I.M. Pei, the famed master of modern architecture whose 1980s Miami Tower gave the world an iconic image for our resurgent city, turns 100 next week. And now appreciative Miamians can send him birthday wishes — and maybe win a miniature replica of one of his signature works.
Pei’s birthplace of Suzhou, China, the ancestral home of his family, is marking the architect’s centenary on April 26 with a series of live and virtual events.
Tourism officials are asking Pei fans to share a photo of a favorite Pei building, along with a birthday wish, on Facebook, Twitter or Instagram using the hashtags #IMPei100 and #TravelSouzhou starting on Thursday. A few tips: Pei also designed the glass pyramid at the Louvre in Paris, the John F. Kennedy Library in Boston, the East Wing of the National Gallery in Washington, D.C., the Bank of China tower in Hong Kong and, closer to home, dorms and the student union at the New College of Florida in Sarasota.
During the week leading up to Pei’s birthday, four winners will be chosen at random to receive a mini-replica of one of his later masterworks, the Suzhou Museum. Suzhou Tourism will also be at the Boston Common on April 26 with an interactive photo setup that will allow participants to get their photo taken with a virtual Pei and then send him a digital birthday greeting.
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Opened in 1987 as the CenTrust tower, Pei’s sophisticated, half-moon-shaped Miami skyscraper with an ever-changing lighting scheme became an instant architectural symbol of the city’s surging confidence as it rebounded from the social and political maelstrom of the late ‘70s and early ‘80s.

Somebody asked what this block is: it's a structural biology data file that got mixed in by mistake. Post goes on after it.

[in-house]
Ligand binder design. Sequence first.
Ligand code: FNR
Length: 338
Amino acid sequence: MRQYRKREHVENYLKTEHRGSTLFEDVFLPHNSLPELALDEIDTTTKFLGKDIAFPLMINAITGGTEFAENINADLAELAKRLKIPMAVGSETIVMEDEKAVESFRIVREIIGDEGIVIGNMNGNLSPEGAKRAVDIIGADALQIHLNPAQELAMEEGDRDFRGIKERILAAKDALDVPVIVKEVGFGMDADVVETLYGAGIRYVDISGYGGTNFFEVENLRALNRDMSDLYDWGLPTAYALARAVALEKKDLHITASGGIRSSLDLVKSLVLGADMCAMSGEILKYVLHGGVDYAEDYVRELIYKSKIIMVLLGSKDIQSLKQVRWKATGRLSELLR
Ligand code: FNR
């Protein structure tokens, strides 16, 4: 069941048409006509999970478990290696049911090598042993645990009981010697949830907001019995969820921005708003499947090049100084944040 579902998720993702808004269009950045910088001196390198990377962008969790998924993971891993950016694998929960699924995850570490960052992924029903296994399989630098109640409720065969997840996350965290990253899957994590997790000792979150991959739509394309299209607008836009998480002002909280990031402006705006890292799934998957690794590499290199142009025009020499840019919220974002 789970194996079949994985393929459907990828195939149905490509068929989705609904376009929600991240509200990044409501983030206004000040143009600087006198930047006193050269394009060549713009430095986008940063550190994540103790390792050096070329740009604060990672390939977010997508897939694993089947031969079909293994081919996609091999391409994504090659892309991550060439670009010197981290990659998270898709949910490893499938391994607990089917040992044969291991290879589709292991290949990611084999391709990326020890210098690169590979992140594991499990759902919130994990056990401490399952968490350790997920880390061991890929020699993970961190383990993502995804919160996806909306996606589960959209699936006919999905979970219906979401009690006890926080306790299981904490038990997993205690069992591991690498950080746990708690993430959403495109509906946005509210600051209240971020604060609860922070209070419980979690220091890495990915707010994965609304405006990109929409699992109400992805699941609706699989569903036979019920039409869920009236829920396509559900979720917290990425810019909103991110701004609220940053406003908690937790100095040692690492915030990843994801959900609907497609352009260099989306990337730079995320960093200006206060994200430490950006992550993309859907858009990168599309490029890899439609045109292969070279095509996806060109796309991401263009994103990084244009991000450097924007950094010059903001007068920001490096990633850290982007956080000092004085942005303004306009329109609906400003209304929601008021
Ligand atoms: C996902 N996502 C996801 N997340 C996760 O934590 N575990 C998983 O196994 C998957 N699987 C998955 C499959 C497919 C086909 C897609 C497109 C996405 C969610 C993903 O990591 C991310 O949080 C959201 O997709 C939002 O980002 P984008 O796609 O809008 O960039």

Thirty years later, its original lights, which once required colored gels to be replaced by hand, have been upgraded to LEDs, and the Pei skyscraper remains a cherished landmark that new, taller towers around it have not yet managed to upstage.
Pei grew up in Hong Kong and Shanghai but spent summers in Suzhou, an ancient city on the Yangtze River Delta near Shanghai that’s known for its temples, bridges, canals and gardens. Nine of those gardens are recognized as a UNESCO World Heritage site.
Pei came to the United States to study architecture at the University of Pennsylvania, MIT and Harvard. He has won nearly every major architecture award, including the Pritzker Prize, in a career that has spanned more than 50 years.
Pei officially retired from the firm he co-founded, Pei Cobb Freed & Partners, in 1990, but continued working on projects, including with Pei Partnership Architects, a firm started by two of his sons, into the early 2000s. He lives in New York.